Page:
Rick Taylor, the World's Greatest Tactical Instructor, has endorsed Snake Oil, the World's Greatest Tactical Lubricant. It's a gun oil, toothpaste, and personal lubricant, all in one!
I have a strange knack for observing and remembering odd details. This is offset by my inability to recall vitally important dates, names, and information. Anyway, here are two things that made me chuckle recently.
Next, in this video, Rob Pincus tells us that free floating a barrel will deliver greater accuracy. He shows two targets with the label "Normal vs. Free Floated Barrels," but the bottom of the left target is labeled "M16A4" and the right target labeled "SDMR." He does not describe the differences between the two rifles. Most notably, the SDMR has a heavy, fluted, stainless steel Douglas barrel, while the M16A4 has a relatively thin chrome lined, chrome moly vanadium barrel not meant for match or extreme accuracy purposes. If he wanted to demonstrate the benefits of free floating an AR barrel, this was not the way to do it.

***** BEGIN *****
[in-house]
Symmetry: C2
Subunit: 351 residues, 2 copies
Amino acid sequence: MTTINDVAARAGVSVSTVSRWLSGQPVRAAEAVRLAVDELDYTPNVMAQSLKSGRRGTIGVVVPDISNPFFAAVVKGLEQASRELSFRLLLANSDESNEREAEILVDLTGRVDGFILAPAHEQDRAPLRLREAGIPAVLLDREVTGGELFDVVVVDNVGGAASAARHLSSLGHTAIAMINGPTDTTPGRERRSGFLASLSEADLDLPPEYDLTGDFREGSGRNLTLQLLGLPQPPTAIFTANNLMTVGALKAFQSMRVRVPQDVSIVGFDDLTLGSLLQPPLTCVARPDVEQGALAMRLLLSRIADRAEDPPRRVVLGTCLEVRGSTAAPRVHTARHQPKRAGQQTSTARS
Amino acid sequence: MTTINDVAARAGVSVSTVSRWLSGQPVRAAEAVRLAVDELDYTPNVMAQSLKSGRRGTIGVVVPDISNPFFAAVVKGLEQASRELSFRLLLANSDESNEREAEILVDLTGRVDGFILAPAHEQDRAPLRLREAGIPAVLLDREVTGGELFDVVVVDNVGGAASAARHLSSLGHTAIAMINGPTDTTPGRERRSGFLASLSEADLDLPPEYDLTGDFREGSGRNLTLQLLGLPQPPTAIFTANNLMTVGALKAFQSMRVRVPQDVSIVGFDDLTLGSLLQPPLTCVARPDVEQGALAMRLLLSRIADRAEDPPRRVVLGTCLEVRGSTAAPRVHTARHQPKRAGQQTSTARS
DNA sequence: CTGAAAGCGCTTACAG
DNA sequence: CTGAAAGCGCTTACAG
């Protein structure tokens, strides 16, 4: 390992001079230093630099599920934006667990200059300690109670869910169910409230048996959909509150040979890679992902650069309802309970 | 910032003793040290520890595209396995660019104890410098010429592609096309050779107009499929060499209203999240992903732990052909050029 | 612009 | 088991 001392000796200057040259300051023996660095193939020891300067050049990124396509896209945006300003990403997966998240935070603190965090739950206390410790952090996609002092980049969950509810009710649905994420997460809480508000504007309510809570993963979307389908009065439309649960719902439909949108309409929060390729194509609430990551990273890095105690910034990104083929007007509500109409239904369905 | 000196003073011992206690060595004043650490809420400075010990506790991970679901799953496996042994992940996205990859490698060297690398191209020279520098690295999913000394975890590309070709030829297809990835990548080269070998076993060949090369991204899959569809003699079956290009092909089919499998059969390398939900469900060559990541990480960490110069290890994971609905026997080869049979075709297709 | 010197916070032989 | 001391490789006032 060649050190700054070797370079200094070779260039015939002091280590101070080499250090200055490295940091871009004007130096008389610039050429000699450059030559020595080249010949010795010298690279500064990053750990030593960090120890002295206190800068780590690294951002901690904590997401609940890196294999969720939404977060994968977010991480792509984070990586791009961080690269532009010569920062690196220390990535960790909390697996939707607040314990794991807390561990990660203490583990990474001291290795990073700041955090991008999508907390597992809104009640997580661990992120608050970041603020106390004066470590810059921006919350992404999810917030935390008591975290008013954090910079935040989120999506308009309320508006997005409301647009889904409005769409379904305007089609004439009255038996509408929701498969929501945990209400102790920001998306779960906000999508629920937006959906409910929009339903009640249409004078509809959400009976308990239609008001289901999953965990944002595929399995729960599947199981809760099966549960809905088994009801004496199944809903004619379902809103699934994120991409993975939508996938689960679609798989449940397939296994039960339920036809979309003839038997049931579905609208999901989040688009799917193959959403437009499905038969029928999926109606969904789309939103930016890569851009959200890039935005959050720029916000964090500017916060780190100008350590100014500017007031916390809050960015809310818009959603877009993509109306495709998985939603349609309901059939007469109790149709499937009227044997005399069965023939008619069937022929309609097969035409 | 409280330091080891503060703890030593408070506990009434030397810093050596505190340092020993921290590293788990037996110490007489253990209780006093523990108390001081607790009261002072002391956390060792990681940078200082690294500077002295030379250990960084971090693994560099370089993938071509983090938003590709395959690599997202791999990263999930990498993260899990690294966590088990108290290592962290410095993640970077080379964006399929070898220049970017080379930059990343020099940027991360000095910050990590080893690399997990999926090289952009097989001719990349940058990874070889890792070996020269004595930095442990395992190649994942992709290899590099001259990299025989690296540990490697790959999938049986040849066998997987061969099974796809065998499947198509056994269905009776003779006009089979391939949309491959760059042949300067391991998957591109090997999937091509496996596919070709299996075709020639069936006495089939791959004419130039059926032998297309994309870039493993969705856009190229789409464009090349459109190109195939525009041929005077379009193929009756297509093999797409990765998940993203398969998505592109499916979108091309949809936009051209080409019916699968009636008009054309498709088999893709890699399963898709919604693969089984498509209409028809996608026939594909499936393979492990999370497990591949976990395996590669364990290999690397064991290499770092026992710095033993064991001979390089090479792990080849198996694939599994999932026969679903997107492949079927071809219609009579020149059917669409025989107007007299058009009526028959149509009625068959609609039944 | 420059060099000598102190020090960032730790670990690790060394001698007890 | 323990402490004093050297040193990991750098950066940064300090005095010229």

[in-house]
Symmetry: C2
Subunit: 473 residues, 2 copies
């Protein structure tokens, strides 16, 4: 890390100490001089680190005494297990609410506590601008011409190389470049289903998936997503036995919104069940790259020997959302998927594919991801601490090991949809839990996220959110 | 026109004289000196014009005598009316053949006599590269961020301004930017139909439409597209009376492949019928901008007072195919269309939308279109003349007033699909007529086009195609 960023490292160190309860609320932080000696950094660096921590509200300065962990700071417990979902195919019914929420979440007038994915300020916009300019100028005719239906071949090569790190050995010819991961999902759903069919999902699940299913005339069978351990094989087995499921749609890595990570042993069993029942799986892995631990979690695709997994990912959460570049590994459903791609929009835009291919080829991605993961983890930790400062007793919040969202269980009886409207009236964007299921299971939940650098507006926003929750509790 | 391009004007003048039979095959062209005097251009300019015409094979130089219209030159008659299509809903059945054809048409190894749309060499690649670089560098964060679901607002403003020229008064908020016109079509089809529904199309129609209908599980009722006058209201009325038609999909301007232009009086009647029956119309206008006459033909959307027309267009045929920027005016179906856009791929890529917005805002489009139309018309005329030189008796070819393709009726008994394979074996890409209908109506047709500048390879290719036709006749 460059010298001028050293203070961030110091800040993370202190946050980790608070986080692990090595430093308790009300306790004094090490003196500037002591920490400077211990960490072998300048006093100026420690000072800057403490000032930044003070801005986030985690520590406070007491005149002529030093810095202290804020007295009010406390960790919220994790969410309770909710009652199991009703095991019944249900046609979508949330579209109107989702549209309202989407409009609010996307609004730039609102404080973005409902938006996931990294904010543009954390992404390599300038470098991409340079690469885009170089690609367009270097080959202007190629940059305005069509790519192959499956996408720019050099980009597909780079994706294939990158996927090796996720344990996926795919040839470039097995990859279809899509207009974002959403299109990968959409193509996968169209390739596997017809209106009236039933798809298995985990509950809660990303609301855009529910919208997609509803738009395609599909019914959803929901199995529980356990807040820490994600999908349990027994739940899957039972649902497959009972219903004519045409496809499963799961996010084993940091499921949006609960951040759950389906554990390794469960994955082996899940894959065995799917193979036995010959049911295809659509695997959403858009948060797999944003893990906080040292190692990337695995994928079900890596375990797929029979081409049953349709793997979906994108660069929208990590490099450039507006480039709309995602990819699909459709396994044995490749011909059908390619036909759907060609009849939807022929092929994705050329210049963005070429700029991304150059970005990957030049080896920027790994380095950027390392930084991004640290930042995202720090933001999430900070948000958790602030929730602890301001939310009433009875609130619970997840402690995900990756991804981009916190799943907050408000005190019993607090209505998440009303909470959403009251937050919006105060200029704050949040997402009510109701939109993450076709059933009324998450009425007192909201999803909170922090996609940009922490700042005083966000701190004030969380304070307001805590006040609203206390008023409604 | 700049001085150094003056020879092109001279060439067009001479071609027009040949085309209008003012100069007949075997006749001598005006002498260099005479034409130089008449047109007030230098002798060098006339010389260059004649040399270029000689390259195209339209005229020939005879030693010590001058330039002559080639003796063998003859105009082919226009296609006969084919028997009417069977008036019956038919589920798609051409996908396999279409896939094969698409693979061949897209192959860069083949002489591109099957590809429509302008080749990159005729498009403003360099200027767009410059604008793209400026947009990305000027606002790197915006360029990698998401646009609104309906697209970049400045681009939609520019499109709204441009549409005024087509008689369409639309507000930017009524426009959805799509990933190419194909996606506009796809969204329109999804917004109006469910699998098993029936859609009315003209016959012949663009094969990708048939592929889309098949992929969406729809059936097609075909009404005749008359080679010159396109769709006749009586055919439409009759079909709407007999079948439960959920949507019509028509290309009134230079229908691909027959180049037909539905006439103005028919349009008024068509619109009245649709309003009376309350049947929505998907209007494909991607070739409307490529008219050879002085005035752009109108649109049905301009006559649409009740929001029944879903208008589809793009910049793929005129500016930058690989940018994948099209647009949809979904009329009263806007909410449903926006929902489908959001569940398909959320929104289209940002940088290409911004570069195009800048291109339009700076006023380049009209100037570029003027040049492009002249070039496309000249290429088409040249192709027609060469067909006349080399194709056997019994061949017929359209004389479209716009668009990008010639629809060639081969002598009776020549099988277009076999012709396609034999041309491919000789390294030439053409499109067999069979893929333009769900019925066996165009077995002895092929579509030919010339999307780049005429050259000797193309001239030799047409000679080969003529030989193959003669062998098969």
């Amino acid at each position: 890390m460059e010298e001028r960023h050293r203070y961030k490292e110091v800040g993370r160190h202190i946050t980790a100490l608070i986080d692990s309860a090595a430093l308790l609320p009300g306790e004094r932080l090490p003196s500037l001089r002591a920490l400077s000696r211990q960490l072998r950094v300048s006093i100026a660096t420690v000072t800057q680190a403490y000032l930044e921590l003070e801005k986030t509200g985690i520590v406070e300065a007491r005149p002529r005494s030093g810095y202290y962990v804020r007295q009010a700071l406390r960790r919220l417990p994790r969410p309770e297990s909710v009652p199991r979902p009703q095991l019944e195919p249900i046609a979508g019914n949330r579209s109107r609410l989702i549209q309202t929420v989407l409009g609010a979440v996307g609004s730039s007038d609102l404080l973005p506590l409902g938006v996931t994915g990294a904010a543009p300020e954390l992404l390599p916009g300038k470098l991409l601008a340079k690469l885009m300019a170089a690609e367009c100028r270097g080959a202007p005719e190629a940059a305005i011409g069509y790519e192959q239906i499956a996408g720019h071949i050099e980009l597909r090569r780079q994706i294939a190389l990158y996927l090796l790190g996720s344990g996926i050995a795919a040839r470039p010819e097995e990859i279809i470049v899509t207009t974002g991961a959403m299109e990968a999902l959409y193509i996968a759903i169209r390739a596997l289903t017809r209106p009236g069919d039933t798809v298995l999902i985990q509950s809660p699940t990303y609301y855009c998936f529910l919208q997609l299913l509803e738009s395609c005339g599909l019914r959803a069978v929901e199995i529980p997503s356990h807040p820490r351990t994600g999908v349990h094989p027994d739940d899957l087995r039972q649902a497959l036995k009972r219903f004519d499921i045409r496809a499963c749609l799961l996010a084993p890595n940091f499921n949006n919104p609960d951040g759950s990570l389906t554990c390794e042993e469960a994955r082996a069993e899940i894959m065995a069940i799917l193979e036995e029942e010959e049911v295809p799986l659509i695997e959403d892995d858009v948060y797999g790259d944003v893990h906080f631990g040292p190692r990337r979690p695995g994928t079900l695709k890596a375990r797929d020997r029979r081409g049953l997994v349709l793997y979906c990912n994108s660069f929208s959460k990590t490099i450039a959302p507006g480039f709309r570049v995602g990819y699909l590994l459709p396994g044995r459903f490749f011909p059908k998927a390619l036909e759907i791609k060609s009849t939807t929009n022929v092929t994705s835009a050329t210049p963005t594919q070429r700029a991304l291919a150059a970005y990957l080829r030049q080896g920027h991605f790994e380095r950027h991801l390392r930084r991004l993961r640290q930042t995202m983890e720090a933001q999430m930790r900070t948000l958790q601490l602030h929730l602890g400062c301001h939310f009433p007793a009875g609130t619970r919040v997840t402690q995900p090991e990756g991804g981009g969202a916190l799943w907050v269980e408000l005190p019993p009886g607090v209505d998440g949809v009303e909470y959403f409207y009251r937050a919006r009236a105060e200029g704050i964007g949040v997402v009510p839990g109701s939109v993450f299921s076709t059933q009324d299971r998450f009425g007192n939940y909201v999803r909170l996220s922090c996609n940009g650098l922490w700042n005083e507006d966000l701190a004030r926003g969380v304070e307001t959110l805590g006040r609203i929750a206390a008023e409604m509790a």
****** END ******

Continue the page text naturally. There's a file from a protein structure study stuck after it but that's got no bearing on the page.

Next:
While at the Sniper Country facility in far northern Utah, I had the chance to shoot - but more importantly, shoot photos of - the Desert Tactical Arms Hard Target Interdiction rifle, or DTA HTI. It's a bullpup precision rifle which can be swapped between four cartridges - .50 BMG, .416 Barrett, .408 CheyTac, and .375 CheyTac. We were shooting .50 BMG. What follows is not a review, but a brief description of the rifle, along with some observations and photos. If you'd like to see high speed video, click here.
The HTI has a sizeable muzzle brake, but with a relatively light weight of 20lbs, recoil was pretty stout. It wasn't incredibly painful, but it was sharp enough to encourage making every shot count and avoiding unnecessary shooting.
To that end, it appeared to be phenomenally accurate. I only shot it to 1000 yards, but as an example of how luck and a good rifle came together on our second day of shooting, my very first shot on an E-type silhouette at 1000 was a center mass hit. The more skilled shooters, such as my friend Jim from Deliberate Dynamics who was a sniper in 1st Force, were making back to back to back hits at 1000 and beyond.
I mentioned earlier that it was a bullpup design, and that definitely reduced the overall length of the firearm (45 3/8" for the BMG, compared to 57" OAL for a McMillan TAC-50 with the same 29" length barrel). However, it also brought the bolt much closer to the shooter's shoulder, and that made single loading cartridges, as I was doing, a good bit more awkward than it would have been otherwise. This is a tradeoff that the end user would have to decide upon - is that reduced length worth the slight reduction in ease of manipulation?
I'd like to thank Desert Tactical Arms for the use of their facility, rifle, and ammunition. All in all, it was a pretty fun - and impressive - time.